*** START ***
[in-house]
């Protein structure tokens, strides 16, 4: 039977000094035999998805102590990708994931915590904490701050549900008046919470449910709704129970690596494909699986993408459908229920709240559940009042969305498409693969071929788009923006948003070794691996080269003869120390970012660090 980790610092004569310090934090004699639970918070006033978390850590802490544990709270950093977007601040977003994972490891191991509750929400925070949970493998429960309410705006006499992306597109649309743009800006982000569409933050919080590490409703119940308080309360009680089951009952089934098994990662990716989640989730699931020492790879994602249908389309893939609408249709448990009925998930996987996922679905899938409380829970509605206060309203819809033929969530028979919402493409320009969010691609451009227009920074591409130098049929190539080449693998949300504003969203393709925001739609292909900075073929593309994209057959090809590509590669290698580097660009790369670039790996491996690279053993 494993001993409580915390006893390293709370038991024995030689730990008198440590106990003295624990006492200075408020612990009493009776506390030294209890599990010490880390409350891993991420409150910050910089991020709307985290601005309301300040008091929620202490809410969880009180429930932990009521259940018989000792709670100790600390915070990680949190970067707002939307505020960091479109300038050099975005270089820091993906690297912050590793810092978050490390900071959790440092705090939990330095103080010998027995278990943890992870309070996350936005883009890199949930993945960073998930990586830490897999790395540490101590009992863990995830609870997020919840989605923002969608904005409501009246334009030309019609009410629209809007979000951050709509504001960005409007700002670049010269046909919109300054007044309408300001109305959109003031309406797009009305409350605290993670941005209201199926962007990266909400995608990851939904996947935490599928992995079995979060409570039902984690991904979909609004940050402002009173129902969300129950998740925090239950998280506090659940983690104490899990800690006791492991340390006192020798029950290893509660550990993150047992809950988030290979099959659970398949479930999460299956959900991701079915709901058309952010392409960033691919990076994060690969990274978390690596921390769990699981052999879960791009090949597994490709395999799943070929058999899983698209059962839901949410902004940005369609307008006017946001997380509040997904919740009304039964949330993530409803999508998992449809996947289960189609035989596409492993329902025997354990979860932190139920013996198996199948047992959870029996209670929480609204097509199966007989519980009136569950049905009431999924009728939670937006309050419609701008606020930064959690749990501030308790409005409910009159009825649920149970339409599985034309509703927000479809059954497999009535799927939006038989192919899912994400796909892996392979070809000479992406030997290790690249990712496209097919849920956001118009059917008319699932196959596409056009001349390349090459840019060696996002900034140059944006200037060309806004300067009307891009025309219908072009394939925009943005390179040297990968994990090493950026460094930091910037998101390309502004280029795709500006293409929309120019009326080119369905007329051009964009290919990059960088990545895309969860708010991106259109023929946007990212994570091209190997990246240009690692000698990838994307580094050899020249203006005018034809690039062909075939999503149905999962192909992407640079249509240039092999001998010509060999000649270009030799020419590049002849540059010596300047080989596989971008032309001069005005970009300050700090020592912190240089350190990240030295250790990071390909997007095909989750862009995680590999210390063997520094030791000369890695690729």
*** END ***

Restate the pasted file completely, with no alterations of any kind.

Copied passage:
[in-house]
């Protein structure tokens, strides 16, 4: 039977000094035999998805102590990708994931915590904490701050549900008046919470449910709704129970690596494909699986993408459908229920709240559940009042969305498409693969071929788009923006948003070794691996080269003869120390970012660090 980790610092004569310090934090004699639970918070006033978390850590802490544990709270950093977007601040977003994972490891191991509750929400925070949970493998429960309410705006006499992306597109649309743009800006982000569409933050919080590490409703119940308080309360009680089951009952089934098994990662990716989640989730699931020492790879994602249908389309893939609408249709448990009925998930996987996922679905899938409380829970509605206060309203819809033929969530028979919402493409320009969010691609451009227009920074591409130098049929190539080449693998949300504003969203393709925001739609292909900075073929593309994209057959090809590509590669290698580097660009790369670039790996491996690279053993 494993001993409580915390006893390293709370038991024995030689730990008198440590106990003295624990006492200075408020612990009493009776506390030294209890599990010490880390409350891993991420409150910050910089991020709307985290601005309301300040008091929620202490809410969880009180429930932990009521259940018989000792709670100790600390915070990680949190970067707002939307505020960091479109300038050099975005270089820091993906690297912050590793810092978050490390900071959790440092705090939990330095103080010998027995278990943890992870309070996350936005883009890199949930993945960073998930990586830490897999790395540490101590009992863990995830609870997020919840989605923002969608904005409501009246334009030309019609009410629209809007979000951050709509504001960005409007700002670049010269046909919109300054007044309408300001109305959109003031309406797009009305409350605290993670941005209201199926962007990266909400995608990851939904996947935490599928992995079995979060409570039902984690991904979909609004940050402002009173129902969300129950998740925090239950998280506090659940983690104490899990800690006791492991340390006192020798029950290893509660550990993150047992809950988030290979099959659970398949479930999460299956959900991701079915709901058309952010392409960033691919990076994060690969990274978390690596921390769990699981052999879960791009090949597994490709395999799943070929058999899983698209059962839901949410902004940005369609307008006017946001997380509040997904919740009304039964949330993530409803999508998992449809996947289960189609035989596409492993329902025997354990979860932190139920013996198996199948047992959870029996209670929480609204097509199966007989519980009136569950049905009431999924009728939670937006309050419609701008606020930064959690749990501030308790409005409910009159009825649920149970339409599985034309509703927000479809059954497999009535799927939006038989192919899912994400796909892996392979070809000479992406030997290790690249990712496209097919849920956001118009059917008319699932196959596409056009001349390349090459840019060696996002900034140059944006200037060309806004300067009307891009025309219908072009394939925009943005390179040297990968994990090493950026460094930091910037998101390309502004280029795709500006293409929309120019009326080119369905007329051009964009290919990059960088990545895309969860708010991106259109023929946007990212994570091209190997990246240009690692000698990838994307580094050899020249203006005018034809690039062909075939999503149905999962192909992407640079249509240039092999001998010509060999000649270009030799020419590049002849540059010596300047080989596989971008032309001069005005970009300050700090020592912190240089350190990240030295250790990071390909997007095909989750862009995680590999210390063997520094030791000369890695690729």